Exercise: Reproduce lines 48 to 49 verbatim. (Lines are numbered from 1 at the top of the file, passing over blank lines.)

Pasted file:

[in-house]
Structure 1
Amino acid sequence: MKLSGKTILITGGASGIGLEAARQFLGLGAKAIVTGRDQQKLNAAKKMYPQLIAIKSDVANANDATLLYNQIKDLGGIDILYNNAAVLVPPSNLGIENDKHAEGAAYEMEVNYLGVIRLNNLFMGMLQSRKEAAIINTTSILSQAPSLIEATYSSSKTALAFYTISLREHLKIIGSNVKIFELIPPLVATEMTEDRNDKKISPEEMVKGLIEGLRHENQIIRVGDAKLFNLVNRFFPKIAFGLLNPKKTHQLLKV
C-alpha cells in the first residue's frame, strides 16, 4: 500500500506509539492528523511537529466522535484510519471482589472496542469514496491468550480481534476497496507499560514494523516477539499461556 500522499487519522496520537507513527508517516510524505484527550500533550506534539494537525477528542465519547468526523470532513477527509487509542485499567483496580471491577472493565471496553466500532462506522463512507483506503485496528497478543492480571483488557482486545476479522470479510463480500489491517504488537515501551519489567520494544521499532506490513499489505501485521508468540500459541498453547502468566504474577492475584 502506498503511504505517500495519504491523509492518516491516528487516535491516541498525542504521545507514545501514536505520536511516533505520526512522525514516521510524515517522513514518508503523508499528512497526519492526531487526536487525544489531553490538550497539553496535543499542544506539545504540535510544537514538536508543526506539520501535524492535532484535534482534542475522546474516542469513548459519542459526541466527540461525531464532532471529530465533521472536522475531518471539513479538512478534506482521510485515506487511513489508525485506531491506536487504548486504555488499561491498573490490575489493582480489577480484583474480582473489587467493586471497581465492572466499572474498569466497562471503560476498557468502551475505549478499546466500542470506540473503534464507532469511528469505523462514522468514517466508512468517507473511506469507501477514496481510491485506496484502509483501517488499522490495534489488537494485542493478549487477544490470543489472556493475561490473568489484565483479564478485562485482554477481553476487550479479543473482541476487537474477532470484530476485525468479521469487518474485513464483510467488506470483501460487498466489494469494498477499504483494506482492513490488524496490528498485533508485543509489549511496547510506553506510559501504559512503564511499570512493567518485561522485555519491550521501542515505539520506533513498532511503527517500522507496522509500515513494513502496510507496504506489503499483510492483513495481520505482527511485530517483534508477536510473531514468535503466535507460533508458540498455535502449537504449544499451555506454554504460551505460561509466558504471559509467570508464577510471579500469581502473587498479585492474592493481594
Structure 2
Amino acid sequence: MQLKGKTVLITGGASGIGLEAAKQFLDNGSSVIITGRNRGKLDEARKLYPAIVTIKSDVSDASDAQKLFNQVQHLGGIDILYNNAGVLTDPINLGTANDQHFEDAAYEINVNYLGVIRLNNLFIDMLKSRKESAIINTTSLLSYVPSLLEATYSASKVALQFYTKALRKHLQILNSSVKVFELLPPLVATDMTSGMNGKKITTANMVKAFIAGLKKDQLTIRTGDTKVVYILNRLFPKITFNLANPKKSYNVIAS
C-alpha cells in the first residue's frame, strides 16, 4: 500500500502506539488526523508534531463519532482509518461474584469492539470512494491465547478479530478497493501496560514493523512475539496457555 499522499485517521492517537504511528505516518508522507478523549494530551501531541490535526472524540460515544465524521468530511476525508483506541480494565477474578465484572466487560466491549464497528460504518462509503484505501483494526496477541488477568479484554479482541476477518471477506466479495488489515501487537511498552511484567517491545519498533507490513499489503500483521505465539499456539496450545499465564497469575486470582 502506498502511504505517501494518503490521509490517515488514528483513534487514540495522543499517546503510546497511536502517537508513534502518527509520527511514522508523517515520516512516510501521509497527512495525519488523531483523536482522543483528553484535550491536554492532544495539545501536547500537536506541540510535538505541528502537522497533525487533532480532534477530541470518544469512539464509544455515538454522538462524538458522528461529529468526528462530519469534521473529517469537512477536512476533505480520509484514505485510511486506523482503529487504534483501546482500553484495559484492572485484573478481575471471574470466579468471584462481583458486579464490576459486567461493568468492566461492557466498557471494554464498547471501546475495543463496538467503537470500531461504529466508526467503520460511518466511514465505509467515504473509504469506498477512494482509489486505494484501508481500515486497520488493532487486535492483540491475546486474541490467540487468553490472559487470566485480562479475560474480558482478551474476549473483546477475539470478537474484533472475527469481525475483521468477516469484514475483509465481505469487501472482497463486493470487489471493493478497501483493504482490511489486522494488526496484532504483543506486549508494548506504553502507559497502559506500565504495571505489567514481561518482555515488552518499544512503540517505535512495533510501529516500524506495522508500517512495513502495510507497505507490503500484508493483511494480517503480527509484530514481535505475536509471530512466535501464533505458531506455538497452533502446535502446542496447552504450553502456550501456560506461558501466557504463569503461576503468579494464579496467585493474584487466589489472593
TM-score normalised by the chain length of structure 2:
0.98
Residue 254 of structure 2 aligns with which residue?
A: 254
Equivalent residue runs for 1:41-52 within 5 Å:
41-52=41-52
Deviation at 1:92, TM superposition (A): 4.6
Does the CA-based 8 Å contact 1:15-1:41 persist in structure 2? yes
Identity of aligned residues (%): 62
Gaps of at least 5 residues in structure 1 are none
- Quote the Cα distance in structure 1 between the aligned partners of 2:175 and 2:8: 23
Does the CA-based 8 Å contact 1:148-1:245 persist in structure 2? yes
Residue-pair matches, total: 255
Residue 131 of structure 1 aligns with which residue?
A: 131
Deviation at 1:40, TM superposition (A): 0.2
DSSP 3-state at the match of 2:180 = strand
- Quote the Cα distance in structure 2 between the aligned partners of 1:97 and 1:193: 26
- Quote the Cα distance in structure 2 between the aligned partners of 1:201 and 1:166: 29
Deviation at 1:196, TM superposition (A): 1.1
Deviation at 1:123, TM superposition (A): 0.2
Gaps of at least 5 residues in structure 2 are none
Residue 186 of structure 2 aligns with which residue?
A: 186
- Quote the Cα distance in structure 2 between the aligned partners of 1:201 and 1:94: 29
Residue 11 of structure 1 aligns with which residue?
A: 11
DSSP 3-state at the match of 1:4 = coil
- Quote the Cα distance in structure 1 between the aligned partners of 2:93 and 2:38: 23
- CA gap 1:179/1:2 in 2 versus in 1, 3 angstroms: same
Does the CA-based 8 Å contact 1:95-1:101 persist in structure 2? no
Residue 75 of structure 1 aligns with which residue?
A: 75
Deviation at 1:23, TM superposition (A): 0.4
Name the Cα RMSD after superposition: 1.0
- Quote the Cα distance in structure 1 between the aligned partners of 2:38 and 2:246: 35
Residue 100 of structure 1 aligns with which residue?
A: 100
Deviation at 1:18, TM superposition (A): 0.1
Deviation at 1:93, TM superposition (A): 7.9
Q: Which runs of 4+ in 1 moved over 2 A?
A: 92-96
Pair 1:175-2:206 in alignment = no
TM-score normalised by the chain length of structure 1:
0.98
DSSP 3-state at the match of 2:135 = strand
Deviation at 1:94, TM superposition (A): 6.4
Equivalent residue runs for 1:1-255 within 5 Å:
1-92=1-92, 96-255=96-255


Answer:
Q: Which runs of 4+ in 1 moved over 2 A?
A: 92-96